MethodsRespiratory System Model

A test lung was used to simulate the patient's respiratory mechanics (compliance: 60mL/cmH2O, resistance: 5cmH2O/L/s). These parameters were chosen to be central enough to be consistent both with respiratory mechanics of patients undergoing chronic NIV and patients eligible for NIV at hospital admission in the context of suspected SARS-CoV-2 infection.12 In order to simulate CO2 production, a constant flow of 100% CO2 (V′CO2) was provided into the test lung (180±5mL/min).13

Ventilation of the test lung was performed with the Astral 150 (SR6; ResMed Ltd, Bella Vista, NSW, Australia) set with PS 10cmH2O and expiratory positive airway pressure (EPAP) 6cmH2O. Rise time was set to 150ms, trigger medium, cycling 50% of peak inspiratory flow, minimum and maximum inspiratory times (TiMin and TiMax) set to offer a window from 1/4 to 1/2 of total breath cycle time, i.e. 0.6 and 1.2s, respectively. The simulated patient was passively ventilated and respiratory rate was driven by the backup rate, set at 25bpm.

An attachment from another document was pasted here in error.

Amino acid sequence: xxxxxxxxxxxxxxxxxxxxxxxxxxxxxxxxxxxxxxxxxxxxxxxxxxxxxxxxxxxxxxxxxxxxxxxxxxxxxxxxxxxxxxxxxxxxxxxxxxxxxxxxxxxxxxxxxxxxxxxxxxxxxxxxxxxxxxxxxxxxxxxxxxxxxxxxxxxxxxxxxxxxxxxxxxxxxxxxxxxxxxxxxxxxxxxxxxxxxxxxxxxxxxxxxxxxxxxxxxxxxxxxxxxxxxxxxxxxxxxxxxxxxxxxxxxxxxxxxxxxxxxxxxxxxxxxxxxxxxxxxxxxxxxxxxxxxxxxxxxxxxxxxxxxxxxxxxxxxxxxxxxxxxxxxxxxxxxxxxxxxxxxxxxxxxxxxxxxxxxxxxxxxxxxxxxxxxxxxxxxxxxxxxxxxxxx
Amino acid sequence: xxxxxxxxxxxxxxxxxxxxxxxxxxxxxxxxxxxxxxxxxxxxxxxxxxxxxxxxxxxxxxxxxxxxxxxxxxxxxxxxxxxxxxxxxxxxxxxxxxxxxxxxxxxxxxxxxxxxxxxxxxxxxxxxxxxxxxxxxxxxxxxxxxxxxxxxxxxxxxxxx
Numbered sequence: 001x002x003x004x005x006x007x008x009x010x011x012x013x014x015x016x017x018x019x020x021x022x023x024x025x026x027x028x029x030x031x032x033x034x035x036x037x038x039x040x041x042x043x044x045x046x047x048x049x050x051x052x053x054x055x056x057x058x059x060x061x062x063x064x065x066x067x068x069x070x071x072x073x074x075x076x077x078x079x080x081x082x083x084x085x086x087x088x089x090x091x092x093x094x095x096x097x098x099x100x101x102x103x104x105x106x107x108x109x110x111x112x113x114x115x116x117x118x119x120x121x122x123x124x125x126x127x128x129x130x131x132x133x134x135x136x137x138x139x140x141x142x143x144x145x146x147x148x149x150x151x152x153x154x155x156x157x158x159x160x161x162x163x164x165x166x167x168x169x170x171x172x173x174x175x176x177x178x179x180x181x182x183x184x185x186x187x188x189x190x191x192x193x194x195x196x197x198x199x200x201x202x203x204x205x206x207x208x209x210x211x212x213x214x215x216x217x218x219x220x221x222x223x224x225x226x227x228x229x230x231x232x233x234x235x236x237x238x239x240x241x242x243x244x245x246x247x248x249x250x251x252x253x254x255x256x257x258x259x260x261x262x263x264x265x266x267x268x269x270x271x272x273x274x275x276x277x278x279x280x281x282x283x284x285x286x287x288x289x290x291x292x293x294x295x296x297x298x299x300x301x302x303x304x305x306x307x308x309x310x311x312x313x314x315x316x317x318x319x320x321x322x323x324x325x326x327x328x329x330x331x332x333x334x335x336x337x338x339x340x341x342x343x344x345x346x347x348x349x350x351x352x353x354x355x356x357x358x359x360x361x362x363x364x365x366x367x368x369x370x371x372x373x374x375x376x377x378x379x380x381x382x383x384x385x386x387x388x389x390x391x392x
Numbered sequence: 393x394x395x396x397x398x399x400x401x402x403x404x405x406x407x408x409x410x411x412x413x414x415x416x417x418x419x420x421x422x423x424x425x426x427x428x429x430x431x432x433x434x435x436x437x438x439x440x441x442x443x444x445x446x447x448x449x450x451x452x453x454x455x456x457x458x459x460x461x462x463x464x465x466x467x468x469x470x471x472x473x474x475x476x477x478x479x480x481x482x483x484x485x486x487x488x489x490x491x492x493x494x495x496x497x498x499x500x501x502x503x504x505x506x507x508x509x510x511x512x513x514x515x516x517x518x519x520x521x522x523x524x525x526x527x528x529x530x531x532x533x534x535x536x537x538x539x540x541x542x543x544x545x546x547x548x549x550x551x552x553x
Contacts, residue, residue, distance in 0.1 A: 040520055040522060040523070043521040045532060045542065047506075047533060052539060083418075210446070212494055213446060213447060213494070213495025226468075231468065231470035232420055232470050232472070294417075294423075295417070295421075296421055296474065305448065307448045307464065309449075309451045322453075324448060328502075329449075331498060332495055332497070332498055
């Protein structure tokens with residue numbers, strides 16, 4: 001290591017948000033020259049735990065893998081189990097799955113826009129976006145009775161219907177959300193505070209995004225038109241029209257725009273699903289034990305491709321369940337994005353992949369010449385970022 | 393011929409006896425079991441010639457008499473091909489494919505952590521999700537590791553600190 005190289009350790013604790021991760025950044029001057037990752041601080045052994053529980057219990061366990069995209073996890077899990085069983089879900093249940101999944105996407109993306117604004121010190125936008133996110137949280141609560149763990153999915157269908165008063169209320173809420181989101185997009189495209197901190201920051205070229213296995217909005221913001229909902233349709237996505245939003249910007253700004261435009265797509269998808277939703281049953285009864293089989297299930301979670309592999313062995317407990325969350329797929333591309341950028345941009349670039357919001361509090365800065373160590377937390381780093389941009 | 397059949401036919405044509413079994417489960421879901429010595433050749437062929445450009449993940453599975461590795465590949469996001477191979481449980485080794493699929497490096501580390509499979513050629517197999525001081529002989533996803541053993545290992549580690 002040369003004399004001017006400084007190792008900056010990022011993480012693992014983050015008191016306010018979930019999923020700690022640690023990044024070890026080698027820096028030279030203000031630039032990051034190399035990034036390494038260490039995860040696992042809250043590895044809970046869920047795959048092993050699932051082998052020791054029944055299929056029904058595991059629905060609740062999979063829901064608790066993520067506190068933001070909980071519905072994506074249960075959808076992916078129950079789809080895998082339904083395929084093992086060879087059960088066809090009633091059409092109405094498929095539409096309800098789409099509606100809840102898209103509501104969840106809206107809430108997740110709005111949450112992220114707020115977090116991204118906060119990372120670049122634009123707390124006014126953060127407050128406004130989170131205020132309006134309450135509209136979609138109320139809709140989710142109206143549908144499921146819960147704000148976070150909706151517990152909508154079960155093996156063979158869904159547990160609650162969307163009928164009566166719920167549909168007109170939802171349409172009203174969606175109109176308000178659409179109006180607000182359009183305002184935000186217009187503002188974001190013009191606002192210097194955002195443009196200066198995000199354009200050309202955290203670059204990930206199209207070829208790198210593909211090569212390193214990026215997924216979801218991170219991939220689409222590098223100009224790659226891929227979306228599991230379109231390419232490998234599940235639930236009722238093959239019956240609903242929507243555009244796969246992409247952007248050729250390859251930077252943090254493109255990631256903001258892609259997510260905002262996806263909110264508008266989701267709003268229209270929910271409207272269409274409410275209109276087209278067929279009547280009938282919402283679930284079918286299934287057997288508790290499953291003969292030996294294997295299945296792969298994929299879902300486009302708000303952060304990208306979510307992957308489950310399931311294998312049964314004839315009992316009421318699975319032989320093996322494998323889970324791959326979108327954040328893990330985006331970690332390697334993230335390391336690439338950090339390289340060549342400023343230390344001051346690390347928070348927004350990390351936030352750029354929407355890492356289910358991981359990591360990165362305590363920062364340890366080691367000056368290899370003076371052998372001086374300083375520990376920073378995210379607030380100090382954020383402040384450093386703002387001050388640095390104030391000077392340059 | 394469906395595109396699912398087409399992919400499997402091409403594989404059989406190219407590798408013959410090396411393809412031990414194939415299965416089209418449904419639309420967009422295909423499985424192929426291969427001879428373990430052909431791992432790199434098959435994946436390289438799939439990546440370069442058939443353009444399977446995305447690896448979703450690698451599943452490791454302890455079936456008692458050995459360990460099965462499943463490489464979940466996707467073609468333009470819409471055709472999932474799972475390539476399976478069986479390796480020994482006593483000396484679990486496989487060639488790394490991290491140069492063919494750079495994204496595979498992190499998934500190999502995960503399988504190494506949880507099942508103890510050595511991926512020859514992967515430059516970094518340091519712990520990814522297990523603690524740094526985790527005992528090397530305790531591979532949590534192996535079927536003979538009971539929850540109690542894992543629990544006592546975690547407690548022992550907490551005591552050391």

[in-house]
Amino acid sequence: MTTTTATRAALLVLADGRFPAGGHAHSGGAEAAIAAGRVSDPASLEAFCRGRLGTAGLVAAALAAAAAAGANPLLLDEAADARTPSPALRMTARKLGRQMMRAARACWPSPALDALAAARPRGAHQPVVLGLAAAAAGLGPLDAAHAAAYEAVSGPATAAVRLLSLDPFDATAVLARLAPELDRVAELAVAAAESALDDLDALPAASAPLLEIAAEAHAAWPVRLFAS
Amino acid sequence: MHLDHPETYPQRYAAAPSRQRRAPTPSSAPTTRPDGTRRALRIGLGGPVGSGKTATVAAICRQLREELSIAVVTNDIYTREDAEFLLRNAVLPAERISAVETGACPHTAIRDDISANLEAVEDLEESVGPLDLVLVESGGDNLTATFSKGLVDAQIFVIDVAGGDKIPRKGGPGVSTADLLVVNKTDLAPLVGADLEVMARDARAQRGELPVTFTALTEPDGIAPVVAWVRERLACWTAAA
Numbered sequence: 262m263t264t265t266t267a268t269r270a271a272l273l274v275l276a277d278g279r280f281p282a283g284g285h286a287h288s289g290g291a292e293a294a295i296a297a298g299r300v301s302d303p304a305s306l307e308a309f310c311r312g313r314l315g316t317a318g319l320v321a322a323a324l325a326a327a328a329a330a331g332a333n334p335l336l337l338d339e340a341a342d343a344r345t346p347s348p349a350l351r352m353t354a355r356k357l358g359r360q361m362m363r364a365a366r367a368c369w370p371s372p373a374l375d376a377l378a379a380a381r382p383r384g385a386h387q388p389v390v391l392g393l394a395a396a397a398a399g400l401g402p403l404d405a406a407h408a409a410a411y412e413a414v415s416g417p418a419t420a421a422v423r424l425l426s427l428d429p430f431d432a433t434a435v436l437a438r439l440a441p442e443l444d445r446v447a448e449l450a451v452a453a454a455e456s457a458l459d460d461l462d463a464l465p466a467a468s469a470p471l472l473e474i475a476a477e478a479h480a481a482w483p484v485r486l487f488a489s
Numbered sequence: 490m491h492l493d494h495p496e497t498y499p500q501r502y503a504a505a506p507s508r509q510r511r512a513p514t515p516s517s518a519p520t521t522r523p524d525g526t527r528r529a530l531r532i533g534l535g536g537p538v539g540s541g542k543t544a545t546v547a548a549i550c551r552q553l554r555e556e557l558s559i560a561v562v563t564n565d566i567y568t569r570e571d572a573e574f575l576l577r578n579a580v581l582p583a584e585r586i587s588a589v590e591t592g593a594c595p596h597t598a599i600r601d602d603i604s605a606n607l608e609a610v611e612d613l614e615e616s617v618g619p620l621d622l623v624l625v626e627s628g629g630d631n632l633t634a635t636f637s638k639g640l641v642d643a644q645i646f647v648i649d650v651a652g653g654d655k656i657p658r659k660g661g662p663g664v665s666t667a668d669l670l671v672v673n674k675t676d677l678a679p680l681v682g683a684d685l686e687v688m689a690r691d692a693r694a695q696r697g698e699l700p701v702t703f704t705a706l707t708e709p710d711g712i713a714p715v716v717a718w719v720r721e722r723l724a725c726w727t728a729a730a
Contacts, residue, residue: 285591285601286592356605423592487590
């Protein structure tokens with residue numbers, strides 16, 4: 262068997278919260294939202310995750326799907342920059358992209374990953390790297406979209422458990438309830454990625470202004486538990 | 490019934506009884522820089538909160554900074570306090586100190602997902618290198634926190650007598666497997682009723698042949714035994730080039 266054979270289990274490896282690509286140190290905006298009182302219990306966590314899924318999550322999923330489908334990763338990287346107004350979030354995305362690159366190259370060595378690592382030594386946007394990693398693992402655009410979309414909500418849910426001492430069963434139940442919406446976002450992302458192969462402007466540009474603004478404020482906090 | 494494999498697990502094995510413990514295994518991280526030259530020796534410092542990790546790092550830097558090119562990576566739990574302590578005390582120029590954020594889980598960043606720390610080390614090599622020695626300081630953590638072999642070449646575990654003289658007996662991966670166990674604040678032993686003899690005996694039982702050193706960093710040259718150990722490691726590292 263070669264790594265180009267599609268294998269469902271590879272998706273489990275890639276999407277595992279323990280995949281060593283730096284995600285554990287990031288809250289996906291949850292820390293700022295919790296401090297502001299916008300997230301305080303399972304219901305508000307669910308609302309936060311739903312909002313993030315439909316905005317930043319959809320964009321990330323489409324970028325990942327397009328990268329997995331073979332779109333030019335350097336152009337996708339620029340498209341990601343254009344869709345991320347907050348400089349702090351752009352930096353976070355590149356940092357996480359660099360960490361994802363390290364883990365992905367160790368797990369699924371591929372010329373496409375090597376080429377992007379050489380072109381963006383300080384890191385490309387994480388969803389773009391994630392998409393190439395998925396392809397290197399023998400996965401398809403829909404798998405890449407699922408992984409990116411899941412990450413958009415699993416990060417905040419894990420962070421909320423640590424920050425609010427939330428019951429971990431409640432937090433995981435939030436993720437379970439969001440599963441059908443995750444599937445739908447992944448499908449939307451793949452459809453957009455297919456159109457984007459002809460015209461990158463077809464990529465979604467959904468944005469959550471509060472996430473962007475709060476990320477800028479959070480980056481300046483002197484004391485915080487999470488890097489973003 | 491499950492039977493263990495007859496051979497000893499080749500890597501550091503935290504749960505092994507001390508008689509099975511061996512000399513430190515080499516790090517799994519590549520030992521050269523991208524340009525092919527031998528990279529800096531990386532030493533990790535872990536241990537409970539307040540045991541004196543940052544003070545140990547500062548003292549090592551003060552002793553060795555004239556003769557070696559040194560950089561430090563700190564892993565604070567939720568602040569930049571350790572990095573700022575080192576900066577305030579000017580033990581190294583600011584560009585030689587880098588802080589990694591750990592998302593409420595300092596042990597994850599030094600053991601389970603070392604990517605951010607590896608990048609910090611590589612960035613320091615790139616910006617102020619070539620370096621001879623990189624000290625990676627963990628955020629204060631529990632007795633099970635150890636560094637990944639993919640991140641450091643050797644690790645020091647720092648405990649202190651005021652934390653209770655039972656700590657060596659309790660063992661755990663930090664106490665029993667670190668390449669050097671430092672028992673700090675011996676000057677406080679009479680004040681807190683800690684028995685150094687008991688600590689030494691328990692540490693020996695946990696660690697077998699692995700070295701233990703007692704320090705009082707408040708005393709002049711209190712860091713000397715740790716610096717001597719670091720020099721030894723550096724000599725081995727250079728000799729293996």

Data Acquisition

Respiratory flow (Vaw), airway pressure (Paw) and PCO2 were continuously monitored between the mannequin head and the test lung (Supplementary Fig. 1). Partial pressure of end-tidal CO2 (PETCO2) was defined as the maximum PCO2 value reached at the end of expiration. Steady state was determined as a period of at least 5min of stable ventilation assessed by visual inspection of respiratory flow and pressure curves, and stable PETCO2 (i.e. variations<0.5mmHg from breath to breath).

Data were analysed with a dedicated software. Inspiratory positive airway pressure measured between the mannequin and the test lung (IPAPaw) was determined as the maximum Paw reached during inspiratory time; positive end-expiratory pressure (PEEPaw) was determined as mean Paw during the last 200ms of expiratory time. Inspiratory time (Ti) was defined as the duration in seconds from the onset of positive Vaw to the onset of negative Vaw. Peak inspiratory flow (PIF) was determined as the maximal Vaw value reached during inspiratory time. Expired tidal volume (VTE) was calculated as the integral of Vaw over expiratory time. Additional measurements were performed to determine circuit compliance and resistances according to the different configurations evaluated, as detailed in the supplementary material.